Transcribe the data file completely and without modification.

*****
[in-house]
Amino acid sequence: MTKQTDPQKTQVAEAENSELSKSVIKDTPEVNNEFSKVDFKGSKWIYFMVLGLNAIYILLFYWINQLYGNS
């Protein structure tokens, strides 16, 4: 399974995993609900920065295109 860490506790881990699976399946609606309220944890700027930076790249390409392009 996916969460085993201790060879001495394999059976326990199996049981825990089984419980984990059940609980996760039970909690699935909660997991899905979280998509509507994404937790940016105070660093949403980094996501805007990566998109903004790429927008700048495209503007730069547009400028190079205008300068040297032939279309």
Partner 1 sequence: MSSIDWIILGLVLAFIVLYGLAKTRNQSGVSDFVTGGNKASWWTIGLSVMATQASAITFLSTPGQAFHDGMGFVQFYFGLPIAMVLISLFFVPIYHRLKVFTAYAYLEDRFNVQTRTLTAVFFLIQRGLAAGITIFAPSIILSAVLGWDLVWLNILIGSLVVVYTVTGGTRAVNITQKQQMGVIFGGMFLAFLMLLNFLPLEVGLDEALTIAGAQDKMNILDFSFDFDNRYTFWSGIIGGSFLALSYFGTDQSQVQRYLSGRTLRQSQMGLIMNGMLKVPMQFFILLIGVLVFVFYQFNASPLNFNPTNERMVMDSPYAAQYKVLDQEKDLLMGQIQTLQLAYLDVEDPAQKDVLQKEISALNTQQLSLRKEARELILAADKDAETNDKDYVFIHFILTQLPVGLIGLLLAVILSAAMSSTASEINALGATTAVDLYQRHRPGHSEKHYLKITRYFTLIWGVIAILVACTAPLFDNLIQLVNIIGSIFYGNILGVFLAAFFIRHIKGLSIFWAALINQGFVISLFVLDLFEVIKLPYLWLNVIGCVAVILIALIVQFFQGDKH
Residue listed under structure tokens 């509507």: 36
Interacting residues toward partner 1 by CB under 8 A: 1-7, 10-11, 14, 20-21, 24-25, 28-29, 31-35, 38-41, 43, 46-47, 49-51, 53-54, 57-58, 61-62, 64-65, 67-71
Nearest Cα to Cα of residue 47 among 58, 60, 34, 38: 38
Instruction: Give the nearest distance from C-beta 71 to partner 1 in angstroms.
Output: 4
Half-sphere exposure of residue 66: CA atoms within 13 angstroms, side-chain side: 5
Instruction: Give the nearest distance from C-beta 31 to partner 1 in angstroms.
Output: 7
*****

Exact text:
[in-house]
Amino acid sequence: MTKQTDPQKTQVAEAENSELSKSVIKDTPEVNNEFSKVDFKGSKWIYFMVLGLNAIYILLFYWINQLYGNS
């Protein structure tokens, strides 16, 4: 399974995993609900920065295109 860490506790881990699976399946609606309220944890700027930076790249390409392009 996916969460085993201790060879001495394999059976326990199996049981825990089984419980984990059940609980996760039970909690699935909660997991899905979280998509509507994404937790940016105070660093949403980094996501805007990566998109903004790429927008700048495209503007730069547009400028190079205008300068040297032939279309």
Partner 1 sequence: MSSIDWIILGLVLAFIVLYGLAKTRNQSGVSDFVTGGNKASWWTIGLSVMATQASAITFLSTPGQAFHDGMGFVQFYFGLPIAMVLISLFFVPIYHRLKVFTAYAYLEDRFNVQTRTLTAVFFLIQRGLAAGITIFAPSIILSAVLGWDLVWLNILIGSLVVVYTVTGGTRAVNITQKQQMGVIFGGMFLAFLMLLNFLPLEVGLDEALTIAGAQDKMNILDFSFDFDNRYTFWSGIIGGSFLALSYFGTDQSQVQRYLSGRTLRQSQMGLIMNGMLKVPMQFFILLIGVLVFVFYQFNASPLNFNPTNERMVMDSPYAAQYKVLDQEKDLLMGQIQTLQLAYLDVEDPAQKDVLQKEISALNTQQLSLRKEARELILAADKDAETNDKDYVFIHFILTQLPVGLIGLLLAVILSAAMSSTASEINALGATTAVDLYQRHRPGHSEKHYLKITRYFTLIWGVIAILVACTAPLFDNLIQLVNIIGSIFYGNILGVFLAAFFIRHIKGLSIFWAALINQGFVISLFVLDLFEVIKLPYLWLNVIGCVAVILIALIVQFFQGDKH
Residue listed under structure tokens 């509507």: 36
Interacting residues toward partner 1 by CB under 8 A: 1-7, 10-11, 14, 20-21, 24-25, 28-29, 31-35, 38-41, 43, 46-47, 49-51, 53-54, 57-58, 61-62, 64-65, 67-71
Nearest Cα to Cα of residue 47 among 58, 60, 34, 38: 38
Instruction: Give the nearest distance from C-beta 71 to partner 1 in angstroms.
Output: 4
Half-sphere exposure of residue 66: CA atoms within 13 angstroms, side-chain side: 5
Instruction: Give the nearest distance from C-beta 31 to partner 1 in angstroms.
Output: 7